Tuesday, March 9, 2010

The Names of God (Elohim)

“In the beginning God created the heavens and the earth.” (Gen. 1:1)

A closer look:
God – Elohim (the plural form of the singular name Eloah).
The Bible goes no further in proving the existence of God than by simply declaring the fact that God (Who was already in existence prior to the beginning of time) created everything. God’s name in the Hebrew is “Elohim.” Elohim is a plural noun, and can be translated “gods” (ex. Psalm 82:1, 6). When it is referring to the God of the Bible, it is properly translated in the singular “God.” The name God (Elohim) is the name that is most frequently used in the Old Testament. The term is taken from the root word “El” meaning strength or mighty. The Arabic equivalent being “Allah.” His name Elohim suggests three things:

1. His strength or might - He is the Creator, Sustainer, and Ruler of all.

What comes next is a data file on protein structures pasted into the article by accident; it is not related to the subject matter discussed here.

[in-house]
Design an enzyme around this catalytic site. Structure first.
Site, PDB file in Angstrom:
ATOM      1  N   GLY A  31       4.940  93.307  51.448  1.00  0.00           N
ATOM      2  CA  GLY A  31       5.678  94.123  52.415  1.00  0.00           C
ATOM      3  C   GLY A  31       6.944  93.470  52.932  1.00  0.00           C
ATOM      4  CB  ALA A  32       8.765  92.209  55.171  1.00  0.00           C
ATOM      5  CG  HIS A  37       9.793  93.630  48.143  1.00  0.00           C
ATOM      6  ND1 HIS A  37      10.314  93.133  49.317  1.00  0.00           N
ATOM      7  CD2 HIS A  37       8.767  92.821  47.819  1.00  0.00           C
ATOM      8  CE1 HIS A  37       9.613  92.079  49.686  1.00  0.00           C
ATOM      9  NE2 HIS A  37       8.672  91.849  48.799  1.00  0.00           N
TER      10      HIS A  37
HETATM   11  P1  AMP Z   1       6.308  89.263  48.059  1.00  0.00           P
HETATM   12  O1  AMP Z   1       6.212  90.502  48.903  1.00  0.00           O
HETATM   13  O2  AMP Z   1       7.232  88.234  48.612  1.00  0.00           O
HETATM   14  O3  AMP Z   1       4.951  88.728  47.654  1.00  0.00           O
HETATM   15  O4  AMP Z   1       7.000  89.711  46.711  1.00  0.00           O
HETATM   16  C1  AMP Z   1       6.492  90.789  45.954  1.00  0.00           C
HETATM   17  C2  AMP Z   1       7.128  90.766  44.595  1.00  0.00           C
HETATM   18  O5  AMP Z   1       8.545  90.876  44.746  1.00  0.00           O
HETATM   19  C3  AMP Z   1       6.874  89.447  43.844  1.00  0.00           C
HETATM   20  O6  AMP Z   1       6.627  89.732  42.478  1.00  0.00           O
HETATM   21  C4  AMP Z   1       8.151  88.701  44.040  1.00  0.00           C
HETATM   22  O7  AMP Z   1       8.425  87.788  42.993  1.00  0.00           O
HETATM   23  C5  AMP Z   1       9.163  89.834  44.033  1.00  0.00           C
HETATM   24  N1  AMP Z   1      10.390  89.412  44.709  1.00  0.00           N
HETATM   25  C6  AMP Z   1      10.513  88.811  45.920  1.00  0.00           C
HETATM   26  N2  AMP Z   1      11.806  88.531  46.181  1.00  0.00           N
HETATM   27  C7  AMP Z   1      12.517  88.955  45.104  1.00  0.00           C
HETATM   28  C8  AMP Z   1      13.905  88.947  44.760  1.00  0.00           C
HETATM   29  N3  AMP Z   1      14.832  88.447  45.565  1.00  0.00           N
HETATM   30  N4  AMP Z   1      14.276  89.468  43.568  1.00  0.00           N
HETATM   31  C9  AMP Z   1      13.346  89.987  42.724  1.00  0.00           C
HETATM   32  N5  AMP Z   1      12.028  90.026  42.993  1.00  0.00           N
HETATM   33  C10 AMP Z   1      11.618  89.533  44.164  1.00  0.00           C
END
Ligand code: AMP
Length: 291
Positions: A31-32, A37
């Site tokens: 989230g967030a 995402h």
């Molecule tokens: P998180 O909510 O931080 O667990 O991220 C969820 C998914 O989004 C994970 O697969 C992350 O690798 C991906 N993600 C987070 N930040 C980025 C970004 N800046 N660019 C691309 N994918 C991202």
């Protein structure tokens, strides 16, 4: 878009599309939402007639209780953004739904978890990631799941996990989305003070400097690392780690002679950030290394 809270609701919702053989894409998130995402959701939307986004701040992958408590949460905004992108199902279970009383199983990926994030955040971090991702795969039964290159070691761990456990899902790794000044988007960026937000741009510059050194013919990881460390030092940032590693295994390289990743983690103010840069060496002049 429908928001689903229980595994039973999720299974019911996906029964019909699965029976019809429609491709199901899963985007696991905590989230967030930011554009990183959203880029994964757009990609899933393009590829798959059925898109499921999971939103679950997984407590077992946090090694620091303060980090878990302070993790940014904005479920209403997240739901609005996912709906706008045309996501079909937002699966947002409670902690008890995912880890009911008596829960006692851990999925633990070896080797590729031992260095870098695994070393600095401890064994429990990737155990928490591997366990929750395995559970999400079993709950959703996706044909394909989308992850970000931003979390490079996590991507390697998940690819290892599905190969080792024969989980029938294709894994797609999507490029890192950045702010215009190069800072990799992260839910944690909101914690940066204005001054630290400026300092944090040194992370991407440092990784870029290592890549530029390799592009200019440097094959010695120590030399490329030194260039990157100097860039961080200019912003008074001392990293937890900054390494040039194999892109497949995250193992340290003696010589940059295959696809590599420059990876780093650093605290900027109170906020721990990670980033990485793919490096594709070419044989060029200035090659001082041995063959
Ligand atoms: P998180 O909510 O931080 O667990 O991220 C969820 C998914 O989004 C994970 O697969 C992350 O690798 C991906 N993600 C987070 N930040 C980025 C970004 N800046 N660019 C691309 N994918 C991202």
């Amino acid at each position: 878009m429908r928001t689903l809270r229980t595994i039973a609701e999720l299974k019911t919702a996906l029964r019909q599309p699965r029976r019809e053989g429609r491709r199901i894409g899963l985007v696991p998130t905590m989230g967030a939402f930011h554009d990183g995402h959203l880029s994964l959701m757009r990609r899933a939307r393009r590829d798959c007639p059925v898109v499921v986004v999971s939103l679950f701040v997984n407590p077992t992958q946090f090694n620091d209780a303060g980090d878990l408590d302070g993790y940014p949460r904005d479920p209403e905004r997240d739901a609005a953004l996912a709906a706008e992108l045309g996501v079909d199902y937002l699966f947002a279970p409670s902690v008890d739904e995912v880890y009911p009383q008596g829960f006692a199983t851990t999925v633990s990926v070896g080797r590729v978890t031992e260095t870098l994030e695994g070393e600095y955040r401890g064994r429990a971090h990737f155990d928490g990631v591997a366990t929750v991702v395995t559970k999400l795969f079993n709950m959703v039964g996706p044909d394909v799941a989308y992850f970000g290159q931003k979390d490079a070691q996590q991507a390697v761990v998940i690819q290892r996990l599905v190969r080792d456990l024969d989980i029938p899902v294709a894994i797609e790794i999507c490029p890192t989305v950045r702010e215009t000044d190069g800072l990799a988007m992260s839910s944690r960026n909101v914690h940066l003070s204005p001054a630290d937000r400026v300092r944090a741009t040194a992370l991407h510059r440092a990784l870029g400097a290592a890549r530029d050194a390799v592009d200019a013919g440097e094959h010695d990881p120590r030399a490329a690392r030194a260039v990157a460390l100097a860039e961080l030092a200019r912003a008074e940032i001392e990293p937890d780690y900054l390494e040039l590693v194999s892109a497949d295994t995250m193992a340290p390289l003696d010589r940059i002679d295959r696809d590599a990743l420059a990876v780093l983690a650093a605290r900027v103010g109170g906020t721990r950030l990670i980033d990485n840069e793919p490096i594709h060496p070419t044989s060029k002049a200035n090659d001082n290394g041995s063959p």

2. The plurality of persons within the Godhead - We have in the name “Elohim” an intimation of the Triune God, as each person was directly involved in Creation.

A. God the Father – Gen. 1:26
B. God the Son – John 1:1-2; Col. 1:16
C. God the Holy Spirit – Gen. 1:2; Job 33:4

3. The plurality of majesty - This is perhaps the most direct application to the uni-plural name of God. When we think of God, He is so immense, so ineffable, that within His divine essence is a vast, and incomprehensible array of attributes, and power that our finite minds cannot truly comprehend. Had He not reveal Himself, we would have no way of knowing Him.

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